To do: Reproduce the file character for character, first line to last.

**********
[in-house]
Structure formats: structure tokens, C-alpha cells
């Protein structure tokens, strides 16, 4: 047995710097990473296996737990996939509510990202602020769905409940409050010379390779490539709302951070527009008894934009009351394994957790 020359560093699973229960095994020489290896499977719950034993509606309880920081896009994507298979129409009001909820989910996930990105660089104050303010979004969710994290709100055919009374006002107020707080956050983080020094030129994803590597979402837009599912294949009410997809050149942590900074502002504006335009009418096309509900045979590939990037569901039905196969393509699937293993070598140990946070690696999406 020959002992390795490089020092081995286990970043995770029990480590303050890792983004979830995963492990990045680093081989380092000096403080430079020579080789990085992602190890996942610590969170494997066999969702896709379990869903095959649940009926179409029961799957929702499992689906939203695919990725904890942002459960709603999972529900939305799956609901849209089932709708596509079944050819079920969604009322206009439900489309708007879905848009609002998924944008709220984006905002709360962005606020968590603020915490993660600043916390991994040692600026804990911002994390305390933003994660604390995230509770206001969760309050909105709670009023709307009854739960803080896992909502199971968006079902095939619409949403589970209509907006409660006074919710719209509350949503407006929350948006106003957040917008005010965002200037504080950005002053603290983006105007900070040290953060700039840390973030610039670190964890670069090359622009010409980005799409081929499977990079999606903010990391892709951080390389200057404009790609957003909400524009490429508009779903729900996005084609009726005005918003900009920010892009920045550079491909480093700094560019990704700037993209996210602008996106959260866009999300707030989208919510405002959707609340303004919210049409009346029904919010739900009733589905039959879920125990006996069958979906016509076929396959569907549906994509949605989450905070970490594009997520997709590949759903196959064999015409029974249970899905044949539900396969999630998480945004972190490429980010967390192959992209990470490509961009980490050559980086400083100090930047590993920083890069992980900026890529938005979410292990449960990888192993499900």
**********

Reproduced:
[in-house]
Structure formats: structure tokens, C-alpha cells
């Protein structure tokens, strides 16, 4: 047995710097990473296996737990996939509510990202602020769905409940409050010379390779490539709302951070527009008894934009009351394994957790 020359560093699973229960095994020489290896499977719950034993509606309880920081896009994507298979129409009001909820989910996930990105660089104050303010979004969710994290709100055919009374006002107020707080956050983080020094030129994803590597979402837009599912294949009410997809050149942590900074502002504006335009009418096309509900045979590939990037569901039905196969393509699937293993070598140990946070690696999406 020959002992390795490089020092081995286990970043995770029990480590303050890792983004979830995963492990990045680093081989380092000096403080430079020579080789990085992602190890996942610590969170494997066999969702896709379990869903095959649940009926179409029961799957929702499992689906939203695919990725904890942002459960709603999972529900939305799956609901849209089932709708596509079944050819079920969604009322206009439900489309708007879905848009609002998924944008709220984006905002709360962005606020968590603020915490993660600043916390991994040692600026804990911002994390305390933003994660604390995230509770206001969760309050909105709670009023709307009854739960803080896992909502199971968006079902095939619409949403589970209509907006409660006074919710719209509350949503407006929350948006106003957040917008005010965002200037504080950005002053603290983006105007900070040290953060700039840390973030610039670190964890670069090359622009010409980005799409081929499977990079999606903010990391892709951080390389200057404009790609957003909400524009490429508009779903729900996005084609009726005005918003900009920010892009920045550079491909480093700094560019990704700037993209996210602008996106959260866009999300707030989208919510405002959707609340303004919210049409009346029904919010739900009733589905039959879920125990006996069958979906016509076929396959569907549906994509949605989450905070970490594009997520997709590949759903196959064999015409029974249970899905044949539900396969999630998480945004972190490429980010967390192959992209990470490509961009980490050559980086400083100090930047590993920083890069992980900026890529938005979410292990449960990888192993499900």